The term LCD stands for liquid crystal display. LCDs are an upgrade (in most respects) from tube-based CRTs (cathode ray tube) from years of old, although some still prefer CRTs over LCDs. In short, LCDs use liquid crystals to express what you see on the screen. The crystals act as a shutter for the backlight, and, depending on the type of charge given to them by the monitor's built-in electrodes, the crystals will either allow light through to the user or shut it out, thereby allowing the pixels to express their appropriate colors, making up what you see on the screen.
LED-based monitors are still LCDs (they still use liquid crystals to express images on screen), but they use a different type of backlight than what is normally used. Most monitors of the last few years have used cold cathode florescent (CCFL) tubes as their backlight of choice.
Today, more monitor vendors are fully embracing LED backlight technology, with Viewsonic recently announcing that it's shifting its entire monitor line to use LED backlights.
To understand LED backlights, you must understand the three types currently being used in modern computer monitors.
Types of LED backlights
First up are edge-lit backlights using white LEDs (WLED) or EL-WLED. This is the type of LED backlight most commonly used in today's monitors. This entails white LEDs aligned along the edge(s) of the monitor matrix, right behind the liquid crystal array.
Using a special diffuser, the light is spread to cover the entire screen. Monitor vendors have recently refined the technology so that only one edge (not four) need be outfitted with LED lights.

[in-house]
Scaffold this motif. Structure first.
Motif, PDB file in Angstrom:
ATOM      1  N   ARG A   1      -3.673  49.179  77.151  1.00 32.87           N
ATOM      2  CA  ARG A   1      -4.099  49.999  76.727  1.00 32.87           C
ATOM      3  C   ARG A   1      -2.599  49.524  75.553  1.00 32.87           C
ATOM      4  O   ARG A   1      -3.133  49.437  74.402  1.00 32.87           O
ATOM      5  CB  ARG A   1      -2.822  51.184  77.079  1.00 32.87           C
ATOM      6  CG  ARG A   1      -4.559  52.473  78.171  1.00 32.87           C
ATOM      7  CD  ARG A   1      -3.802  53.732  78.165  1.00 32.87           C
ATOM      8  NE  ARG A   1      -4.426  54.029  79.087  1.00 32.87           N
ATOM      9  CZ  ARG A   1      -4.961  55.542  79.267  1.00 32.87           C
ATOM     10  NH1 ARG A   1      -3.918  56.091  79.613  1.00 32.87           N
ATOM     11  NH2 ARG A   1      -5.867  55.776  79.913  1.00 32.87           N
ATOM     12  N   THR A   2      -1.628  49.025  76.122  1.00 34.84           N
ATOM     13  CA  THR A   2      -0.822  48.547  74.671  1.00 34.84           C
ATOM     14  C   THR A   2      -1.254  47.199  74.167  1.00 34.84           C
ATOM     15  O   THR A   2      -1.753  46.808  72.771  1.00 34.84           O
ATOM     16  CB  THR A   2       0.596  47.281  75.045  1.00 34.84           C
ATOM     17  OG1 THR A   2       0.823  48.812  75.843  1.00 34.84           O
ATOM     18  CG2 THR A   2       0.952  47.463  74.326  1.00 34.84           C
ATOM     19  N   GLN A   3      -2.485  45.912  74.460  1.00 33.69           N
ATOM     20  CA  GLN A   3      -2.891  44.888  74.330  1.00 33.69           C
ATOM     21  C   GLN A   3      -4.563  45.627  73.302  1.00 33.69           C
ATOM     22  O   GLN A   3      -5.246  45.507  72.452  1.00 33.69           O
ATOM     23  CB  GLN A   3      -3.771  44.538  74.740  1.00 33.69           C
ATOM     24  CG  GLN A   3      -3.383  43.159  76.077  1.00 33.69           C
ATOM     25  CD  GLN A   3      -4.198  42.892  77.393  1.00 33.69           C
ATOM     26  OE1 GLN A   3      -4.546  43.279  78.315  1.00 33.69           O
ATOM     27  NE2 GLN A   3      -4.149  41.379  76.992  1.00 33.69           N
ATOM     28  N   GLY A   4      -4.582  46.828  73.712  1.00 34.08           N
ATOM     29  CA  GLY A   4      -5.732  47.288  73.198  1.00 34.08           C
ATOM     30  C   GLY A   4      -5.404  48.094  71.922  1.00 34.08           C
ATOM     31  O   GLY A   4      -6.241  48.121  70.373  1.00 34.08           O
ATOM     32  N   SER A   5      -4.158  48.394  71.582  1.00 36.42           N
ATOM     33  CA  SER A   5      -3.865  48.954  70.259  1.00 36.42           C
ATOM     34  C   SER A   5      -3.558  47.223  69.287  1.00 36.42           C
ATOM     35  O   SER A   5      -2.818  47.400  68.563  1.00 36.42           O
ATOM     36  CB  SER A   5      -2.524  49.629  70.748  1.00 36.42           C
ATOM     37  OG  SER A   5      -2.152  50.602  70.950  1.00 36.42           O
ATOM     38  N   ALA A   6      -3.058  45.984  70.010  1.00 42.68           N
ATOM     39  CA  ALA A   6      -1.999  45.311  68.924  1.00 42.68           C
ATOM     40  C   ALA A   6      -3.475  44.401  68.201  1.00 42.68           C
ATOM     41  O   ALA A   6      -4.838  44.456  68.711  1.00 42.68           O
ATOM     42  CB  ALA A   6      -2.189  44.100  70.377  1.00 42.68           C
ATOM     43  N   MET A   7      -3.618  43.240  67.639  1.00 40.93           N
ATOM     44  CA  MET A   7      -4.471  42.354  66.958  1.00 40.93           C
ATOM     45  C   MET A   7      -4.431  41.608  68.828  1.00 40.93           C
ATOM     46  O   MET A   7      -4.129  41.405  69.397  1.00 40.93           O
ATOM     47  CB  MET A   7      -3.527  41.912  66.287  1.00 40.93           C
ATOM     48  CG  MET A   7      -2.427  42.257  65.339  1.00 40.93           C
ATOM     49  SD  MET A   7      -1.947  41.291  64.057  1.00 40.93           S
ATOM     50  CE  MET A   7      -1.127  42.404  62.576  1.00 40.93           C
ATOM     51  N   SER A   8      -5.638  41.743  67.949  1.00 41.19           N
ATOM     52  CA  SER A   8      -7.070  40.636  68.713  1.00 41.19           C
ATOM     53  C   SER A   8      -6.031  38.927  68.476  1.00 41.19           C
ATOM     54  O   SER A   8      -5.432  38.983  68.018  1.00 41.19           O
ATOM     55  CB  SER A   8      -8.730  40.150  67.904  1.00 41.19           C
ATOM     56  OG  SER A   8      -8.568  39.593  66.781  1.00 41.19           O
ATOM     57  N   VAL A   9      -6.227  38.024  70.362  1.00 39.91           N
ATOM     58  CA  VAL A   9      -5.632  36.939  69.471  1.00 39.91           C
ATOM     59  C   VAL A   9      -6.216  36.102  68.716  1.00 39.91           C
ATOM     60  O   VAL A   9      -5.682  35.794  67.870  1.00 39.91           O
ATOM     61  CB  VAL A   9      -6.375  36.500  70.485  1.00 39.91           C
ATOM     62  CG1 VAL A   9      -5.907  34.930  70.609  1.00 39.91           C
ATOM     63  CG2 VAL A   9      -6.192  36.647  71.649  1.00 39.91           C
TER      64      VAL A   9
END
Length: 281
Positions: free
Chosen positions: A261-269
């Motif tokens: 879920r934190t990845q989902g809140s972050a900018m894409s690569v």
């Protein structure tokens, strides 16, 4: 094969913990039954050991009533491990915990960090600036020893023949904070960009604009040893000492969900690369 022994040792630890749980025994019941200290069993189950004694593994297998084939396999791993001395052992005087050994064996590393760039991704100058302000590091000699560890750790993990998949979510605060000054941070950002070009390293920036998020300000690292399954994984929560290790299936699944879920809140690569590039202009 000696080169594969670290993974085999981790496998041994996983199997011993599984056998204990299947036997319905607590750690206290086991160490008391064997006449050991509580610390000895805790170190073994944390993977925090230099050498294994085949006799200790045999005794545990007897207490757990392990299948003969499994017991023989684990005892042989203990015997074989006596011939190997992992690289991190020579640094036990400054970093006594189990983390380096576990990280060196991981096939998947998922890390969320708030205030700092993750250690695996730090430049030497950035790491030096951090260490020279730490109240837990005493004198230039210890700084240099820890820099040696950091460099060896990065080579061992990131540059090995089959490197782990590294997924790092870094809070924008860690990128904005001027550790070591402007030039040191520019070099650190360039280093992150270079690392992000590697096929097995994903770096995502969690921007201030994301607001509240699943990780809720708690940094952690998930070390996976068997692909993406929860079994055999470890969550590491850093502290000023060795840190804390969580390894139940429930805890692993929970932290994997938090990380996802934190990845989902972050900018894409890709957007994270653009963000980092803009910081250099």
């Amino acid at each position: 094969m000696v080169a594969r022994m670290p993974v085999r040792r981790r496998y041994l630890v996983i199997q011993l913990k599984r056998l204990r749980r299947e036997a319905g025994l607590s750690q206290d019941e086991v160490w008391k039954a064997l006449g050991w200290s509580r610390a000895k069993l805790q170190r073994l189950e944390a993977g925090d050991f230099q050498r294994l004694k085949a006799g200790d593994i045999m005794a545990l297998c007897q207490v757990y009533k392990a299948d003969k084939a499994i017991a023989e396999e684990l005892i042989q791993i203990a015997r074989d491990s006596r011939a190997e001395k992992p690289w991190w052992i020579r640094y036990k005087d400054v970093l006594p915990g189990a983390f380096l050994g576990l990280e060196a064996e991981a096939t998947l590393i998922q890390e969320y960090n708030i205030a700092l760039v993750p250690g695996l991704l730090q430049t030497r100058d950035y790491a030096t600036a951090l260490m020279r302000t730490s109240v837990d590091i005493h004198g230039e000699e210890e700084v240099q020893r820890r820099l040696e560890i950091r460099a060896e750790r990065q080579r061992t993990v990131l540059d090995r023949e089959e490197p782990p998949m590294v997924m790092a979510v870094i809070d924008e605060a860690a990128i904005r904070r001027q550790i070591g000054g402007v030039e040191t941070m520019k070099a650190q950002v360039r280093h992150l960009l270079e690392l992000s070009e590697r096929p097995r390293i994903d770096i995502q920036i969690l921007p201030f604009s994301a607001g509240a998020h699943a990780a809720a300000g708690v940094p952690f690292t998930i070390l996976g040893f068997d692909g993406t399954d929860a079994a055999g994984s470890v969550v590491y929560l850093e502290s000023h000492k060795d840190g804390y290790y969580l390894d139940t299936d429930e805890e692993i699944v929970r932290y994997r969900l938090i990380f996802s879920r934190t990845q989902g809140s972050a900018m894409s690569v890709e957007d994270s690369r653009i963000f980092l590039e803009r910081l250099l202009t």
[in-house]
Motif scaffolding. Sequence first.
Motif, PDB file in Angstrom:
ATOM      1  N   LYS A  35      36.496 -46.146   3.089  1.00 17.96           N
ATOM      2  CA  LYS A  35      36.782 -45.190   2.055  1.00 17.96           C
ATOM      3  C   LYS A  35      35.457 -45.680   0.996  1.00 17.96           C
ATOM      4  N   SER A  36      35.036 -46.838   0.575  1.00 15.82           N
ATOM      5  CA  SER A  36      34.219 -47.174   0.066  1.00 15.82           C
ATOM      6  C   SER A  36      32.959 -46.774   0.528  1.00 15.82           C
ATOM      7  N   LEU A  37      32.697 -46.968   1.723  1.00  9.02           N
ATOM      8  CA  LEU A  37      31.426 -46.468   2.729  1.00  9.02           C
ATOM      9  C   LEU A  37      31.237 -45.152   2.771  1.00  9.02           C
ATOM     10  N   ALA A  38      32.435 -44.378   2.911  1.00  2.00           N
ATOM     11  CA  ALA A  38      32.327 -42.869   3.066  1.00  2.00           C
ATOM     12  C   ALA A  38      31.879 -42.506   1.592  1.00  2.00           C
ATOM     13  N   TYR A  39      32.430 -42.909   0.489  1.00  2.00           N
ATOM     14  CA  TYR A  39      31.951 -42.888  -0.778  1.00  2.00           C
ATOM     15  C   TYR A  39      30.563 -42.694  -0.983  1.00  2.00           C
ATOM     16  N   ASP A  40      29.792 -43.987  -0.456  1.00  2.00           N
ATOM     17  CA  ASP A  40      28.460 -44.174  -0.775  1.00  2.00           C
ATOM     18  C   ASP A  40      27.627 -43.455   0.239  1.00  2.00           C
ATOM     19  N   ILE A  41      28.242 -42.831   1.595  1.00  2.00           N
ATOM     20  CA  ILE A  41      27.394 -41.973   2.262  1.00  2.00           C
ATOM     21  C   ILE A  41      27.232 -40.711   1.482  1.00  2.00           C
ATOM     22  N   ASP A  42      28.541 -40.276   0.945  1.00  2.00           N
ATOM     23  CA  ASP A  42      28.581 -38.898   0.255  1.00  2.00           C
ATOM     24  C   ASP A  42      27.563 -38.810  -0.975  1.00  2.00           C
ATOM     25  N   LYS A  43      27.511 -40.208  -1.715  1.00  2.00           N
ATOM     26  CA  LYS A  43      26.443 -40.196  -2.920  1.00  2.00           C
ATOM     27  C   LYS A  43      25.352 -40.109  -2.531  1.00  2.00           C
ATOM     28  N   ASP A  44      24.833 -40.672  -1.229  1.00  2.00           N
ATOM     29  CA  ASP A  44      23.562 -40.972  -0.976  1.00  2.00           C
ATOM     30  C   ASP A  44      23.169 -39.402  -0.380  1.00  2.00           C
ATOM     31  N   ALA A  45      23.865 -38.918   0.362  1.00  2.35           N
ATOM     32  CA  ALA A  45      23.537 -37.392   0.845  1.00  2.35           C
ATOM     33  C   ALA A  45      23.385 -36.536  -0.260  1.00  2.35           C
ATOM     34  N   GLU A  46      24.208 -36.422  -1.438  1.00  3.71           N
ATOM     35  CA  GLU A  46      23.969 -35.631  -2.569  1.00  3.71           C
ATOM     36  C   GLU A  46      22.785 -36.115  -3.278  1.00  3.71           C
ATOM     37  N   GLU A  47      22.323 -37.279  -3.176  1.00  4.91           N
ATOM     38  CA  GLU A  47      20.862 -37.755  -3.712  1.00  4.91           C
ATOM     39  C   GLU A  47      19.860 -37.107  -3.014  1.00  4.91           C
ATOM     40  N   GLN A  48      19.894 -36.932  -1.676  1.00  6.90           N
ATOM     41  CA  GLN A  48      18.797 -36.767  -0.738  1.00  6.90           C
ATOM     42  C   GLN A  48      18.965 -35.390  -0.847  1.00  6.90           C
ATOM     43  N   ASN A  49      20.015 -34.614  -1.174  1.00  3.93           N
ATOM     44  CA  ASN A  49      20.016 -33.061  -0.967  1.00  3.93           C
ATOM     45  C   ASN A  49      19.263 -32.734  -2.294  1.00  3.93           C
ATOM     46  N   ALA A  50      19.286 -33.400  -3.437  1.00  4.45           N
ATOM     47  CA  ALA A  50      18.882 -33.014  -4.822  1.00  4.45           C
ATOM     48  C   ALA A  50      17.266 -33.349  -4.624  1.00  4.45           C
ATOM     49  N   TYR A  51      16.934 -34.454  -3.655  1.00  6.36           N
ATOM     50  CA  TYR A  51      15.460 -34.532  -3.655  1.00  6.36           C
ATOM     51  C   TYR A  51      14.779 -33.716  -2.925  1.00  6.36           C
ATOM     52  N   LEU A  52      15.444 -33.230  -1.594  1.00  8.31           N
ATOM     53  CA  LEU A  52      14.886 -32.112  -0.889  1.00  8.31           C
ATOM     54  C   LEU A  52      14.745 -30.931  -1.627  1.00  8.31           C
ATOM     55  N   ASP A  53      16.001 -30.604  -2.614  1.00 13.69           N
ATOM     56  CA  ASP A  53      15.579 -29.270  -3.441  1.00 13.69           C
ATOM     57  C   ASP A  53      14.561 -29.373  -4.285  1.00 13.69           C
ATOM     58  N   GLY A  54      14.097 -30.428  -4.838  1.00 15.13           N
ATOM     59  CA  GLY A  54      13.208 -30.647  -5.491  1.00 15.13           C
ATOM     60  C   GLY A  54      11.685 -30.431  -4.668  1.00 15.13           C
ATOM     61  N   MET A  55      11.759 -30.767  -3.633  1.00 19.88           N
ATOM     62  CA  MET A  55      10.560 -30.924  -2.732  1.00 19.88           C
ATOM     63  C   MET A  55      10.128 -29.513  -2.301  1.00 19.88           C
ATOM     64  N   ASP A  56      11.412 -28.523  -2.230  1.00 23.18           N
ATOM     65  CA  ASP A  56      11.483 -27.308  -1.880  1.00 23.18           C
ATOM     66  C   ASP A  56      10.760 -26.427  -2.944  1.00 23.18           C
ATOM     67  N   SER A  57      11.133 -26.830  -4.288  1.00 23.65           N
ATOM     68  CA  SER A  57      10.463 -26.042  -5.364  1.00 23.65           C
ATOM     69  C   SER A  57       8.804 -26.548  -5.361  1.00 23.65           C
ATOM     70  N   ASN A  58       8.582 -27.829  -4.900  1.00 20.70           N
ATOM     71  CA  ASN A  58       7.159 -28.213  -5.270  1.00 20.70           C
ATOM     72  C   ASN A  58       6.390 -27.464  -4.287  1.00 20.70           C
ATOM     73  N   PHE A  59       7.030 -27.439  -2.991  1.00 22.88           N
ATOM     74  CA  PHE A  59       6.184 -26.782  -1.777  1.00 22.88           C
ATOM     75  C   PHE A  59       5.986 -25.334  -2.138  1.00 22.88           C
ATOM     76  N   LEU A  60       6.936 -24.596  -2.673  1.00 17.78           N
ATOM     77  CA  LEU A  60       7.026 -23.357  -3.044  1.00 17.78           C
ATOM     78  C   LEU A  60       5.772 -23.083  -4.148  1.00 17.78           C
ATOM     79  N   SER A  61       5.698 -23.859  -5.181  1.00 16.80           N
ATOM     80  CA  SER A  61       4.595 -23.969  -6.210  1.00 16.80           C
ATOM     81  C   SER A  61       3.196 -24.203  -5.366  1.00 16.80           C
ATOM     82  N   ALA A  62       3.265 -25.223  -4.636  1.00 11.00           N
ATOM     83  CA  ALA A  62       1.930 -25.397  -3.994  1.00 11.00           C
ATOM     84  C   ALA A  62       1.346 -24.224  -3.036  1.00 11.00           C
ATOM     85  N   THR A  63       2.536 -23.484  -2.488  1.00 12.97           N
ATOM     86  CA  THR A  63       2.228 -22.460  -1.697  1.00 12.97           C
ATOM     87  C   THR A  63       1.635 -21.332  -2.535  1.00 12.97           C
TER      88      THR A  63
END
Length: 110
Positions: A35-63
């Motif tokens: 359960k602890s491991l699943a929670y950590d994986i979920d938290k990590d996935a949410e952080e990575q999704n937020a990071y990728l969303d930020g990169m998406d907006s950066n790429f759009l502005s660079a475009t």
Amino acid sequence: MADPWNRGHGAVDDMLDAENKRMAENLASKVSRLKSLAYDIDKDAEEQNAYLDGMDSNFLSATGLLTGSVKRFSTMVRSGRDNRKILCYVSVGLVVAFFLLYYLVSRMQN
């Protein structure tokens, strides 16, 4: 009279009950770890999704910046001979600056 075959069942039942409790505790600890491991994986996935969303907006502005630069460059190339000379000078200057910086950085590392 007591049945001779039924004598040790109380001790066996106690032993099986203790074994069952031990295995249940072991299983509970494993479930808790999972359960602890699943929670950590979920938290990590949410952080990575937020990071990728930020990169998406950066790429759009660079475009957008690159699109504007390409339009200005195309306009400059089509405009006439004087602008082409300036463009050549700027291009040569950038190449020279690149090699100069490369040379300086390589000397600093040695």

The EL-WLED solution is the cheapest and smallest of the three technologies, which is why it's the most widely used. The advantages of its small design can be seen in displays like the superthin AOC e2243Fw and Samsung PX2370. You'll also see these used in many notebook and Netbook screens, and recently HDTVs have begun adopting the technology as well.
Our next technology is RGB LED. Instead of using white LEDs on one edge of the screen like the previous technology, RGB LEDs are aligned all over the panel matrix.
Each individual light is capable of producing red-, green-, or blue-colored light. This gives the display access to a high color gamut with colors more accurate than what's capable on EL-WLEDs.
Unfortunately, you won't see this technology in use everywhere, as it's very expensive and doesn't allow for a thin design. The $3,500 HP DreamColor LP2490zx uses RGB LED backlights, and its panel measures about 2.25 inches, compared with the $300 Samsung PX2370's 0.6-inch panel depth.
The final type is WLED on a flat array, covering the entire screen. Think of it like an RGB LED that's only using white LEDs instead of tricolor ones. Currently, it's only used in LED-backlit HDTVs.
This brings us to the real question you should be asking: what advantages do LED backlights provide over CCFL backlight solutions? Well obviously this depends on the type of LED backlight; for our purposes, we'll discuss the two used in modern LED-based computer monitors: EL-WLEDs and RGB LEDs.
The following are the most frequently touted advantages of LED-based monitors. Let's get to the bottom of them.
LED backlit monitors have high color gamuts and provide more accurate colors.
Color gamut is controlled by the monitor's color filters and the backlight's radiation spectrum. While CCFL-based monitors typically offer between 72 and 102 percent of the NTSC color space, RGB LED can cover up to 114 percent. EL-WLED does not offer high color gamuts and typically hit around 68 percent of the NTSC color space.